Partnerships and Shareholders
If a number of parties are entering business together, there a number of things they must consider. Fro small and medium sized enterprises (often called "SME's") a successful business relationship is largely due to the relationship between the parties itself. In other words, parties should be satisfied that the person that they are going into business wit is a person or people that they can successfully run the business with in the first place. Once everybody is satisfied as to the business relationship, they can decide whether they will operate the business through a company (dealt with below) or through a business partnership.
Any business can operate as either a company or through the individuals themselves as a partnership. Indeed in some cases certain regulated professions in Ireland (e.g. Doctors, dentists and lawyers) cannot deliver their service though a company. Where any parties go into business together (and not through a company), the law will presume a business partnership and apply the laws of Partnership to that venture. There are a number of legal rules to being in a partnership, the most significant of which is that the liability to each and every member of the partnership is joint and several meaning that each individual member of the partnership is fully liable in the full amount of any claim taken against the business. It is immaterial whether that partner has only contributed a small amount e.g. 10% of the start up capital to the business making him or her a small investor.
To protect each individual contributor to the business that parties must have a properly drafted and formed Partnership Agreement. This agreement will regulate such matters as the operation of the business by the parties, the exposure of each party to legal actions by customers and the division of profits or loss between the partners. A properly drafted agreement will also include an exit strategy for the protection of those wishing to leave and equally those remaining within the business. There a number of facet to a proper partnership agreement.
In the absence of a partnership agreement, where an irreconcilable dispute arises between the parties that is not capable to being resolved to the satisfaction of the parties, the only real option is to apply to Court to dissolve the partnership and determine the division of the business assets, if any. This will result in damage to goodwill and business reputation at a cost to everyone involved in the original venture. This one fact alone underlines the importance and necessity of a partnership agreement.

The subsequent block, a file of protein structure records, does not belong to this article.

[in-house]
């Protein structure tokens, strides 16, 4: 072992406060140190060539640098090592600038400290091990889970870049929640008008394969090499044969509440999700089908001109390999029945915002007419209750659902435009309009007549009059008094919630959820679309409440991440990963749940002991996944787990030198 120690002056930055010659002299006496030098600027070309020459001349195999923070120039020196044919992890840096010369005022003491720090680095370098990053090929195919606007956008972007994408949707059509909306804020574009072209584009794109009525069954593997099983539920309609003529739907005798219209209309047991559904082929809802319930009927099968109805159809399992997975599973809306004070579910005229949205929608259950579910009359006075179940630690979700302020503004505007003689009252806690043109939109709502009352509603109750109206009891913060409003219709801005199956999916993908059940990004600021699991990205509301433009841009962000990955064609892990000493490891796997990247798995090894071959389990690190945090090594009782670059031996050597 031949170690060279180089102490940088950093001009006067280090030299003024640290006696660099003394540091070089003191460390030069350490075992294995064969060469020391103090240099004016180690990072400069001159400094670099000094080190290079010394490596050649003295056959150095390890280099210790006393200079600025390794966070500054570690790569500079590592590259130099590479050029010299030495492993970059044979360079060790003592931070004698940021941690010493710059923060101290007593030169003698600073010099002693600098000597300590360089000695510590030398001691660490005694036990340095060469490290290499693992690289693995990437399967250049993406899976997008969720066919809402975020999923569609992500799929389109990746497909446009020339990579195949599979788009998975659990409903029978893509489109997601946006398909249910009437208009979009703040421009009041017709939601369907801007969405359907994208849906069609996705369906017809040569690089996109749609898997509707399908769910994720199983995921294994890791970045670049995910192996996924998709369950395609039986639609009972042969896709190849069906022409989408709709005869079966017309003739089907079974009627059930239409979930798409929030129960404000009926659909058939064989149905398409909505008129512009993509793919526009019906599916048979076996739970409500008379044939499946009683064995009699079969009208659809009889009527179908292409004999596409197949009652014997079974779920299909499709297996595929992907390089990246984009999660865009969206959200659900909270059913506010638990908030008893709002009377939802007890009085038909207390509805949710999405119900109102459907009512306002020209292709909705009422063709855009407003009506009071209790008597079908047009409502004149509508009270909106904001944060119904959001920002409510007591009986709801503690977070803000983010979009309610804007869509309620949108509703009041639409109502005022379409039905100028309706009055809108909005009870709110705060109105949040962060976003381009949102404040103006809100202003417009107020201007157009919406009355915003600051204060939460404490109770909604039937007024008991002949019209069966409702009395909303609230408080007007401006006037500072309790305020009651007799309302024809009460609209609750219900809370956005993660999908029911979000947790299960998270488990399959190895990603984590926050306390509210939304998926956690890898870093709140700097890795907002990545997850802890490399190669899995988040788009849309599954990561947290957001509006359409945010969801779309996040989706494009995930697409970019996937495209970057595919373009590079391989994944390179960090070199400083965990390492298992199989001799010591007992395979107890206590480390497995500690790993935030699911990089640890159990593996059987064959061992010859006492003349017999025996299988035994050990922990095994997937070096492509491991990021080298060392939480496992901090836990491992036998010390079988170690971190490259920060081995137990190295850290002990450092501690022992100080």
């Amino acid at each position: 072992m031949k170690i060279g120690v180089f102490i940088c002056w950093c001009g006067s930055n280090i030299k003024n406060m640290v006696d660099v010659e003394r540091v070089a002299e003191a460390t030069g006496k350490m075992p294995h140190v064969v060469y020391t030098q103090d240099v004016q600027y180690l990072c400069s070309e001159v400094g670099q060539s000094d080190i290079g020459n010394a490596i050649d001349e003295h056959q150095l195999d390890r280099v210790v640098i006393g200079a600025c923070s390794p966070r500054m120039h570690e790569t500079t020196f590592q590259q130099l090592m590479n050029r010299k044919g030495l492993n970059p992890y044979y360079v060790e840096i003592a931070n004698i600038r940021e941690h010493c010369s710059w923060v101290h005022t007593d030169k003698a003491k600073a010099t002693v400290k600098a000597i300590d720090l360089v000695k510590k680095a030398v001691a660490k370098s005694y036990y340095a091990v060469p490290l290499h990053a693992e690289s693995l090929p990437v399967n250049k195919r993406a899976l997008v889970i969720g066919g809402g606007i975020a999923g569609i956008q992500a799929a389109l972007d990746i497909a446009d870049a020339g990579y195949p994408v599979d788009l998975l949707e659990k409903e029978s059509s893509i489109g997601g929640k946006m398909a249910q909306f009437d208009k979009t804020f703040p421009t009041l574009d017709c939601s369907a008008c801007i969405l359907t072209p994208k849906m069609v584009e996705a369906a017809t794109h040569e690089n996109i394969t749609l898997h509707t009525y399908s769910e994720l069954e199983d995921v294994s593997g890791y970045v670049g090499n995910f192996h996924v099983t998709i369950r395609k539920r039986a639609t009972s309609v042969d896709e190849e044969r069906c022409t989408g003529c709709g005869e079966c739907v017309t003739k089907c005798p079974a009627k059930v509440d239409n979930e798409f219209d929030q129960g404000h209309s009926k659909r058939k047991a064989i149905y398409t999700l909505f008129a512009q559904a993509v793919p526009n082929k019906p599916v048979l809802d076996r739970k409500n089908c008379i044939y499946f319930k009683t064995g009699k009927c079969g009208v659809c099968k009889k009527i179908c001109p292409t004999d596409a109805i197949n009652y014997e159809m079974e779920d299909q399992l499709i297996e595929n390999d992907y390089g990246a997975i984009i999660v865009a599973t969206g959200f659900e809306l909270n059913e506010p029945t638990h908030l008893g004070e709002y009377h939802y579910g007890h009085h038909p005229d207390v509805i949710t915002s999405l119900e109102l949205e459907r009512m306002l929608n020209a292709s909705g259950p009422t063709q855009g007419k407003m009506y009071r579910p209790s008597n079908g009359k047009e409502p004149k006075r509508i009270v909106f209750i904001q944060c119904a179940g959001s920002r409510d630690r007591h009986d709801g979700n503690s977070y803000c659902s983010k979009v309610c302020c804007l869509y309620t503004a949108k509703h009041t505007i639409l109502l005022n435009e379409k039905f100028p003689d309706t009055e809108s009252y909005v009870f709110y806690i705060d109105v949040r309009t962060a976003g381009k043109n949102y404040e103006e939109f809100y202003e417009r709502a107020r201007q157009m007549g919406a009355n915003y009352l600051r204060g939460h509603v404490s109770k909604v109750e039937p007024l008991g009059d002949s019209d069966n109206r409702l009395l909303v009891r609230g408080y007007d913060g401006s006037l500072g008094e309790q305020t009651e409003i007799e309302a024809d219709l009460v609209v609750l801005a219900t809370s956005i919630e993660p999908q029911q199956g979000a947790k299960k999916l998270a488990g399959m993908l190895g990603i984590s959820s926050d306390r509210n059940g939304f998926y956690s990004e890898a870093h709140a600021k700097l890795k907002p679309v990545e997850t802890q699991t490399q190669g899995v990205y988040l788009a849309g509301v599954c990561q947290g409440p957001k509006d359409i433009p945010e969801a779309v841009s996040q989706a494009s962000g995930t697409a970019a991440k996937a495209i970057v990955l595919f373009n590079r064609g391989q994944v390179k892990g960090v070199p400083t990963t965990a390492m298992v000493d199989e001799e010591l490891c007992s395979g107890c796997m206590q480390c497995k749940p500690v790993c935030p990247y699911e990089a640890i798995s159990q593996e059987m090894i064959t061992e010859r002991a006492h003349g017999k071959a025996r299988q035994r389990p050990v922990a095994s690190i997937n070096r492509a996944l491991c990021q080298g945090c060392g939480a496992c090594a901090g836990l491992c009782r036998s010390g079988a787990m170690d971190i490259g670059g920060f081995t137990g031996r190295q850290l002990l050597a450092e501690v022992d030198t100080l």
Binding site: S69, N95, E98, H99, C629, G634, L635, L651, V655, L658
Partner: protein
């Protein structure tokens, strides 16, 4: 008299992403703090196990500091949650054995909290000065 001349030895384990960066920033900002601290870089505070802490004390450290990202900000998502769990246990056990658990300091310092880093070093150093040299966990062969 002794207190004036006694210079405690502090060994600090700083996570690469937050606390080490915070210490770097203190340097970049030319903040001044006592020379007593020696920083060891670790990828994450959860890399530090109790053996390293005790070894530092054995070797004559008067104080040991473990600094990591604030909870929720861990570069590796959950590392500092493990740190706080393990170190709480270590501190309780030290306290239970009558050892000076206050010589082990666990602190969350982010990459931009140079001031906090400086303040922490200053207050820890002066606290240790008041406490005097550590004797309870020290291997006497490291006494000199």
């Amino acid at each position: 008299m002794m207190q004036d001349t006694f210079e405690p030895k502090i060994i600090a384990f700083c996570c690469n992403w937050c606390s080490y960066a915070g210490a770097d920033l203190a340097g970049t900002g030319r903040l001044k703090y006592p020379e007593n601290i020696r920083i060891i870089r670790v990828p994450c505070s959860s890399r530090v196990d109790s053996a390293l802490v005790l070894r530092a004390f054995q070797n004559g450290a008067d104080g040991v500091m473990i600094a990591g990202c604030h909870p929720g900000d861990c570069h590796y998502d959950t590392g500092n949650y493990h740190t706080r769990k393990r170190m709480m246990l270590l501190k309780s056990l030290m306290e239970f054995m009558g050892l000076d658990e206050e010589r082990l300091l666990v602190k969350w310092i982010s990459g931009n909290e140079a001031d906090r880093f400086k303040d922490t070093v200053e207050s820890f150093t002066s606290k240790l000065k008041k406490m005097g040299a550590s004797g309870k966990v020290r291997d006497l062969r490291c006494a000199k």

If operating though a company then, for the same reasons a properly constructed Shareholders Agreement is essential. In this context the agreement defines the relationship between parties who otherwise may not be overly familiar with each others business style It gives protection to all parties by controlling certain events in the operation of the business, e.g. drawings from the company’s account by either shareholder/director or the conditions in which the borrowing or operating costs of the company may be increased.
A Shareholders Agreement will also have a carefully drafted exit strategy for any one shareholder. An essential clause will typically be "pre-emption" rights i..e the automatic right to acquire the shares of the party leaving by the remaining shareholders or the company itself. The remaining owners can take control of the company in full and prevent the sale of shares to another party with whom they have no familiarity.
It is essential at all times to ensure that any partnership or co-owned company is based on a mutual relationship of trust so that recourse to law can be kept to a minimum. That being said if matters are properly regulated in terms of your paperwork then each party stands best chance of having a successful co-venture with a clear understanding and definition of each others roles. Without doing this, the parties are potentially investing their money into a business without any proper prospect of getting it back or indeed their due return.
We act and advise in relation to Irish law affecting both partnerships and shareholders. We draft and prepare partnership agreements to properly regulate the conduct business as between partners. We also act on, advise and draft Shareholders Agreements and put and call options. As always are fees are competitive and our costs transparent. Where possible we agree fees at the outset.